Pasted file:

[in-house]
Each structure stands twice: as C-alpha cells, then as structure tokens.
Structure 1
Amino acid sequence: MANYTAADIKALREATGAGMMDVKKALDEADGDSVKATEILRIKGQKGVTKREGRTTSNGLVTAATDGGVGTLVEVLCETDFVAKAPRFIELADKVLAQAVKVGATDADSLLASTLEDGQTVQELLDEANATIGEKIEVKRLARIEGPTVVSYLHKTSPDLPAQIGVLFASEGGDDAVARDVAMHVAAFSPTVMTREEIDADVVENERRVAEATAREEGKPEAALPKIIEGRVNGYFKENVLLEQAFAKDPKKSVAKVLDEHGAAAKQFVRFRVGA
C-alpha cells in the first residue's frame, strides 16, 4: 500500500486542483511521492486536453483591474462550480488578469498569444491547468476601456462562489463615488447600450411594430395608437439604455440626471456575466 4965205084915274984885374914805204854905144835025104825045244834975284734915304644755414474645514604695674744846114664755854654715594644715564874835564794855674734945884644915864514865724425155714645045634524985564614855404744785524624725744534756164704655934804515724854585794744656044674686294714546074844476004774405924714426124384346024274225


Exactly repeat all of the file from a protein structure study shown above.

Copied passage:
[in-house]
Each structure stands twice: as C-alpha cells, then as structure tokens.
Structure 1
Amino acid sequence: MANYTAADIKALREATGAGMMDVKKALDEADGDSVKATEILRIKGQKGVTKREGRTTSNGLVTAATDGGVGTLVEVLCETDFVAKAPRFIELADKVLAQAVKVGATDADSLLASTLEDGQTVQELLDEANATIGEKIEVKRLARIEGPTVVSYLHKTSPDLPAQIGVLFASEGGDDAVARDVAMHVAAFSPTVMTREEIDADVVENERRVAEATAREEGKPEAALPKIIEGRVNGYFKENVLLEQAFAKDPKKSVAKVLDEHGAAAKQFVRFRVGA
C-alpha cells in the first residue's frame, strides 16, 4: 500500500486542483511521492486536453483591474462550480488578469498569444491547468476601456462562489463615488447600450411594430395608437439604455440626471456575466 4965205084915274984885374914805204854905144835025104825045244834975284734915304644755414474645514604695674744846114664755854654715594644715564874835564794855674734945884644915864514865724425155714645045634524985564614855404744785524624725744534756164704655934804515724854585794744656044674686294714546074844476004774405924714426124384346024274225